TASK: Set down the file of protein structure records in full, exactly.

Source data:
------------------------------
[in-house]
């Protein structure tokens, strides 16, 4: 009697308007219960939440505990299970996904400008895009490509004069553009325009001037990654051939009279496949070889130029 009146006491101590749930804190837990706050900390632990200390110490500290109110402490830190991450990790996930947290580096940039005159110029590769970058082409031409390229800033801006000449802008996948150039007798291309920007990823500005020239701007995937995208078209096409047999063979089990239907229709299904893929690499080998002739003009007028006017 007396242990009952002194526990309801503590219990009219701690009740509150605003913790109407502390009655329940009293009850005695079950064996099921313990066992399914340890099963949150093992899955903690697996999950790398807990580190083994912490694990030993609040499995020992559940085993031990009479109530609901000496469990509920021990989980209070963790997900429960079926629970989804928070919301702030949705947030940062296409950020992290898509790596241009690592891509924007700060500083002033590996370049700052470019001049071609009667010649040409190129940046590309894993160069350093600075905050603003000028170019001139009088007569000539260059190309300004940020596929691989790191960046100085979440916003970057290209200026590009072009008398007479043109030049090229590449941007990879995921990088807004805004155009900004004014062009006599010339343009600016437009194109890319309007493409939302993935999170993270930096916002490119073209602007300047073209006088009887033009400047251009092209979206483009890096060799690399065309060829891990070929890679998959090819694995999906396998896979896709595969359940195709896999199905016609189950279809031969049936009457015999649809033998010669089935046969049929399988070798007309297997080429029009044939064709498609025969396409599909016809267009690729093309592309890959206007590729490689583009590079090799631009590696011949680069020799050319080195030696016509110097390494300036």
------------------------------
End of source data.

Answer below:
[in-house]
């Protein structure tokens, strides 16, 4: 009697308007219960939440505990299970996904400008895009490509004069553009325009001037990654051939009279496949070889130029 009146006491101590749930804190837990706050900390632990200390110490500290109110402490830190991450990790996930947290580096940039005159110029590769970058082409031409390229800033801006000449802008996948150039007798291309920007990823500005020239701007995937995208078209096409047999063979089990239907229709299904893929690499080998002739003009007028006017 007396242990009952002194526990309801503590219990009219701690009740509150605003913790109407502390009655329940009293009850005695079950064996099921313990066992399914340890099963949150093992899955903690697996999950790398807990580190083994912490694990030993609040499995020992559940085993031990009479109530609901000496469990509920021990989980209070963790997900429960079926629970989804928070919301702030949705947030940062296409950020992290898509790596241009690592891509924007700060500083002033590996370049700052470019001049071609009667010649040409190129940046590309894993160069350093600075905050603003000028170019001139009088007569000539260059190309300004940020596929691989790191960046100085979440916003970057290209200026590009072009008398007479043109030049090229590449941007990879995921990088807004805004155009900004004014062009006599010339343009600016437009194109890319309007493409939302993935999170993270930096916002490119073209602007300047073209006088009887033009400047251009092209979206483009890096060799690399065309060829891990070929890679998959090819694995999906396998896979896709595969359940195709896999199905016609189950279809031969049936009457015999649809033998010669089935046969049929399988070798007309297997080429029009044939064709498609025969396409599909016809267009690729093309592309890959206007590729490689583009590079090799631009590696011949680069020799050319080195030696016509110097390494300036």